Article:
|When:||Tuesday, January 15, 2013|
5:00 PM - 6:30 PM
|Where:||1902 Sheridan Road,
Evanston, IL 60208 map it
|Audience:||- Faculty/Staff - Student - Public|
|Group:||Buffett Center for International and Comparative Studies|
|Co-sponsor(s):|| Program of African Studies|
|Category:||Lectures & Meetings|
Paradoxically, many governments that persistently violate human rights have also ratified international human rights treaties that empower their citizens to file grievances against them at the United Nations. Therefore, citizens in rights-repressing regimes find themselves with the potentially invaluable opportunity to challenge their government's abuses. Why would rights-violating governments ratify these treaties and thus afford their citizens this right? Can the mechanisms provided in these treaties actually help promote positive changes in human rights? Heather Smith-Cannoy examines post-Soviet states such as Slovakia, Hungary, Kyrgyzstan, and Tajikistan.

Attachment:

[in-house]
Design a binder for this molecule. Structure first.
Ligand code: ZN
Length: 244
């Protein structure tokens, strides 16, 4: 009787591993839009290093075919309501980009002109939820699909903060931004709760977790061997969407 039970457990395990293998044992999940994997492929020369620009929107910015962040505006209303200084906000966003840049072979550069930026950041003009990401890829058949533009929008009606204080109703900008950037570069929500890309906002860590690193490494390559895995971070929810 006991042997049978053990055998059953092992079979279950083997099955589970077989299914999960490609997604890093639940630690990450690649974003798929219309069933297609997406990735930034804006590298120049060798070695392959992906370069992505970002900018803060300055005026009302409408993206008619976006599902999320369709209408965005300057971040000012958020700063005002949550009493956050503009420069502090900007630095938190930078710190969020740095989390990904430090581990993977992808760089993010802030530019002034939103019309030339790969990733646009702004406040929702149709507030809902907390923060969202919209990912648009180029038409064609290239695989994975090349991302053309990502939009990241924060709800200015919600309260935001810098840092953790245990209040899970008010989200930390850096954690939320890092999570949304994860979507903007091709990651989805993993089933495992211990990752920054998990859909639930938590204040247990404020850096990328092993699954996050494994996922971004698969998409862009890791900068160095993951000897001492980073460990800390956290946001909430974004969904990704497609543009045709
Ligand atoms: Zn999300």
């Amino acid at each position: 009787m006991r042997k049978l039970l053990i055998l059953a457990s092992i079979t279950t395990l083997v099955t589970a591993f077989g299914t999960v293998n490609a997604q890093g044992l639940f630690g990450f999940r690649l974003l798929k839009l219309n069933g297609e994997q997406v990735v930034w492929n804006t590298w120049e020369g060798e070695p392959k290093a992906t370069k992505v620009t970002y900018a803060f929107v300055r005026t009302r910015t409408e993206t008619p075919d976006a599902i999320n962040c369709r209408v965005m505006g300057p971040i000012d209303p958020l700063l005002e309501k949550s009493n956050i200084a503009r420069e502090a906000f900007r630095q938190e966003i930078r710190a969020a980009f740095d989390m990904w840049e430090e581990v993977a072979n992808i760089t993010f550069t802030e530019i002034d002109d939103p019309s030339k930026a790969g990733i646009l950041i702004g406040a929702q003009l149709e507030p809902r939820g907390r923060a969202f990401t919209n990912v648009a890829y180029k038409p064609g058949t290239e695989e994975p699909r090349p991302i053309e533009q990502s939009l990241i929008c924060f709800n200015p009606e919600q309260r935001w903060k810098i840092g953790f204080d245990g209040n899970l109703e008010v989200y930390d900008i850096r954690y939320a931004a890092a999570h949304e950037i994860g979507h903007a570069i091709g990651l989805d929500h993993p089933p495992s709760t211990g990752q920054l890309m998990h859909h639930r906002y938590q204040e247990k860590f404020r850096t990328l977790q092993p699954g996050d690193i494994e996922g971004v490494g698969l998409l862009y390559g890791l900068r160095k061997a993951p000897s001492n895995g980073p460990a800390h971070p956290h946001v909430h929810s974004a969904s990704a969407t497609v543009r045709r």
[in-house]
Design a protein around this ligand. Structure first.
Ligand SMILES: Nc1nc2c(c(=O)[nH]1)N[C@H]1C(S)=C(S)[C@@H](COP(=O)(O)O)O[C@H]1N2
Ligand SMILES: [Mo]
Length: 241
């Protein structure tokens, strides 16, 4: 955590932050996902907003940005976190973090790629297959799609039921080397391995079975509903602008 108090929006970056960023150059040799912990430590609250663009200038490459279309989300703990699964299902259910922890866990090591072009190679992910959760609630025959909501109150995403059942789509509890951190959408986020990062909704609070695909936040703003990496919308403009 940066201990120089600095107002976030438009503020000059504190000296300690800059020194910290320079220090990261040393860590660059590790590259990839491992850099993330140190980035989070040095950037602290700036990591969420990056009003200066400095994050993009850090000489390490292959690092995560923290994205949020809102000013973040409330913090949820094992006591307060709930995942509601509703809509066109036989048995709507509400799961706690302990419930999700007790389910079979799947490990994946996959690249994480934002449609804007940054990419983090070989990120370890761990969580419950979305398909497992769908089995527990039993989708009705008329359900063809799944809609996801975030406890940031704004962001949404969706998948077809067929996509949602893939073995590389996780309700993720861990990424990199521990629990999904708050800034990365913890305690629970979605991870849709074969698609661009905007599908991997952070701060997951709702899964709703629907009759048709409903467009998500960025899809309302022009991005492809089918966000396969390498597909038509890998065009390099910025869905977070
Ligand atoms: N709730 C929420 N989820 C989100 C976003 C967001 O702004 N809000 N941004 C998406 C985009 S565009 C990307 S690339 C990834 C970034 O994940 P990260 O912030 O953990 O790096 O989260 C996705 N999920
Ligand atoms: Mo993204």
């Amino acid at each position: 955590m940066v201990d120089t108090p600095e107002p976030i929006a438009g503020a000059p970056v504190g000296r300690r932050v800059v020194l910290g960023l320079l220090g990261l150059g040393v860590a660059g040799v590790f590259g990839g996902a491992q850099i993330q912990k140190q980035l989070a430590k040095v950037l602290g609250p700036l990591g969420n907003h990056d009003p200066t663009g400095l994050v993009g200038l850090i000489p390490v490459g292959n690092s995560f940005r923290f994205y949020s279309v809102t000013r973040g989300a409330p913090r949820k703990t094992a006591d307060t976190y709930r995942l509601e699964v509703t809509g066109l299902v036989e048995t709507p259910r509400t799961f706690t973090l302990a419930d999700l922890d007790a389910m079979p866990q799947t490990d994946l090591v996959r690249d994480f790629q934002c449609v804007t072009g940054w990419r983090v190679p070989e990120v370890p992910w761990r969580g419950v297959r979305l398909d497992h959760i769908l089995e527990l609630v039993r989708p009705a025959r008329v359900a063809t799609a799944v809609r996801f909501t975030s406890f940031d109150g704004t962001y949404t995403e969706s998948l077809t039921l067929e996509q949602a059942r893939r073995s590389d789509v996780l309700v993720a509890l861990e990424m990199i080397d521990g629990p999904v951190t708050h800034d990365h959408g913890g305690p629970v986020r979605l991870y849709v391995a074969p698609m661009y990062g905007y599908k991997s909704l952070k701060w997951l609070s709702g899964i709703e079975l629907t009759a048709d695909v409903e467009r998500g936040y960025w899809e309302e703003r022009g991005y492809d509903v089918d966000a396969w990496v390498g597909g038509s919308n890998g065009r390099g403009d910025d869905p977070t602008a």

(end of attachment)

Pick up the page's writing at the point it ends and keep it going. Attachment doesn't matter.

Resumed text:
Heather Smith-Cannoy is an assistant professor of Political Science at Lewis and Clark College in Portland, Oregon. She earned her PhD at the University of California, San Diego. Her work focuses on human trafficking and international law. She has published on the UN’s treatment of human trafficking in Haiti, as well as the relationship between abusive states and international law.